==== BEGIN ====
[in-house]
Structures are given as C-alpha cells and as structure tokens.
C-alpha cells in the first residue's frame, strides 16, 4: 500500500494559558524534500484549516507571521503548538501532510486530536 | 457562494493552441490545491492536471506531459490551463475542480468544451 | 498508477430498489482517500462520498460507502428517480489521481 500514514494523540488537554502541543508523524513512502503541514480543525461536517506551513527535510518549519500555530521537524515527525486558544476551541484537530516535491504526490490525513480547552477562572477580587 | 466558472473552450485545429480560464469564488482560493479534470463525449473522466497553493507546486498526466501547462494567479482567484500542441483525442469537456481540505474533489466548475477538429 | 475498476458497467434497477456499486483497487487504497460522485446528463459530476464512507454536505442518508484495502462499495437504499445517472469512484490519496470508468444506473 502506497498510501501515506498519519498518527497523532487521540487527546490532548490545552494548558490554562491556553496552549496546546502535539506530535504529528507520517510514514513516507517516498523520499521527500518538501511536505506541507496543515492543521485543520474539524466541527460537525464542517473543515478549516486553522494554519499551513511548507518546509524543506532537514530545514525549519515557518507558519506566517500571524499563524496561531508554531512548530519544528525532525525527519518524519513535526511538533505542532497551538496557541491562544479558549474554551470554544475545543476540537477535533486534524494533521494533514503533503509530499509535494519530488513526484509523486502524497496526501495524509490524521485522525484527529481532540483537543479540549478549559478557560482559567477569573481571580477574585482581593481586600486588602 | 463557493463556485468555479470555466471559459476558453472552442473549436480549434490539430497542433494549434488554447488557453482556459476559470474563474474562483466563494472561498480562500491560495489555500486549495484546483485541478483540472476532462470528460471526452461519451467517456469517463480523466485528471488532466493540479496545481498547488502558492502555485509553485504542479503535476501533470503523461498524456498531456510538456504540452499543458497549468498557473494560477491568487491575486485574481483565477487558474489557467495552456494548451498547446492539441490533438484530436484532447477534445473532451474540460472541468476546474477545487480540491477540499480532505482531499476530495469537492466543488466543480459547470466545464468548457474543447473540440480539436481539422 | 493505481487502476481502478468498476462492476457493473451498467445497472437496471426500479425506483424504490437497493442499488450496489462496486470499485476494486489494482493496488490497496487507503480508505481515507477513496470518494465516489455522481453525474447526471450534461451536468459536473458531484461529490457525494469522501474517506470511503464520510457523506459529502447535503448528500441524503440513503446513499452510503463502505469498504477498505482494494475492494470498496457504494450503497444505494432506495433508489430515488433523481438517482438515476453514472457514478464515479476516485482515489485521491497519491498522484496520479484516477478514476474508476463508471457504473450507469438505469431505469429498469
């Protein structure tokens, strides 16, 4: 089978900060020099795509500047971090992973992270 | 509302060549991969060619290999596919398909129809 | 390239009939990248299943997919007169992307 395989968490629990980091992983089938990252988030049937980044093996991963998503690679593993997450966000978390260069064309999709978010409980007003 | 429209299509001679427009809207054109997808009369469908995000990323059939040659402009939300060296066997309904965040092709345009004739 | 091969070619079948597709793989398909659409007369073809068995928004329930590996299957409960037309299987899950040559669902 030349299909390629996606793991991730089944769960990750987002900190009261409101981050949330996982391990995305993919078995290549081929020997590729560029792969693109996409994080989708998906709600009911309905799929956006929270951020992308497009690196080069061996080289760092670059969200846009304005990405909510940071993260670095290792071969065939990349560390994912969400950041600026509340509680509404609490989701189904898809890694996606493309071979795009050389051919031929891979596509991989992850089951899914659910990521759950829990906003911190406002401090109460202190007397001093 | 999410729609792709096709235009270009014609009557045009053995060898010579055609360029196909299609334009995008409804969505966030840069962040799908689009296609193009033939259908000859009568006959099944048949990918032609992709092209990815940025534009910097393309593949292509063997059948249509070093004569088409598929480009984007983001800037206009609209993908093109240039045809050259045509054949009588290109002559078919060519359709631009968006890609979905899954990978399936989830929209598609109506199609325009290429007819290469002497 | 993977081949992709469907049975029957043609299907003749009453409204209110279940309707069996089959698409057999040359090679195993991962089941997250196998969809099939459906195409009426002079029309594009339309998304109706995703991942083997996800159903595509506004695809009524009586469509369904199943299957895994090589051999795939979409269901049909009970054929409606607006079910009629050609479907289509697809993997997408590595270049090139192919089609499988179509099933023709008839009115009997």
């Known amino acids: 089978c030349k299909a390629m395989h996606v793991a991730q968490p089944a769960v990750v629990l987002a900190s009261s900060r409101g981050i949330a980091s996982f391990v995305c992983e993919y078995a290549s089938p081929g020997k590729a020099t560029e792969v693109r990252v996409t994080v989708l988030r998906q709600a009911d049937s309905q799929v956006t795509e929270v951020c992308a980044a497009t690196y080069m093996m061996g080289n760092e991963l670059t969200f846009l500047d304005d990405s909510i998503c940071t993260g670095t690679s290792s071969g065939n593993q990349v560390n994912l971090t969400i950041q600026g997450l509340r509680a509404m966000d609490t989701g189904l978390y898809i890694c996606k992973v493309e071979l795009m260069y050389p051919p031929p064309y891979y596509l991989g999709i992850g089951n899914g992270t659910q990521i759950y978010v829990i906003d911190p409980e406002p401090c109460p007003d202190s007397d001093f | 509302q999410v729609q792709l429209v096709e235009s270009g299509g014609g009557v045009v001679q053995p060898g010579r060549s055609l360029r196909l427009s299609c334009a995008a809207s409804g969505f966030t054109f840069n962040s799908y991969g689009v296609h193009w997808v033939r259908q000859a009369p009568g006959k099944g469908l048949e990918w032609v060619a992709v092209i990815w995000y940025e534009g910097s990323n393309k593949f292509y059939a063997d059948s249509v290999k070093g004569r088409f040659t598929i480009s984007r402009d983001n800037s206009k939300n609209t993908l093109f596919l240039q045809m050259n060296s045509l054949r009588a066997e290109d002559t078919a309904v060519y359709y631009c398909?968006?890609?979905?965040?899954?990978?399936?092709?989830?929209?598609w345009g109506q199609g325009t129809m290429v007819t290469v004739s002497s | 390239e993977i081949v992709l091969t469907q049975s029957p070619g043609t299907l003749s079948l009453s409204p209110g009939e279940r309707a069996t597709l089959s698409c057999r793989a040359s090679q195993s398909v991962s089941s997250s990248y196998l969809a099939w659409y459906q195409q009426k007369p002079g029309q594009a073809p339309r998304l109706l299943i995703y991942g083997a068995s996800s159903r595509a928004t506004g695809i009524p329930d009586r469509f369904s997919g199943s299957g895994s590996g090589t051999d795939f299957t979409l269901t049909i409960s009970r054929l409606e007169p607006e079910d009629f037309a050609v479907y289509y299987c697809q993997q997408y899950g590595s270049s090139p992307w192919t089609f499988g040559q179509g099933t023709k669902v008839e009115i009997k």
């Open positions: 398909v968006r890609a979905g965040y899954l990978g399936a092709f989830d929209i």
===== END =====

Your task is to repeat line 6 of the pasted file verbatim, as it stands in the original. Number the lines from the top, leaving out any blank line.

């Open positions: 398909v968006r890609a979905g965040y899954l990978g399936a092709f989830d929209i």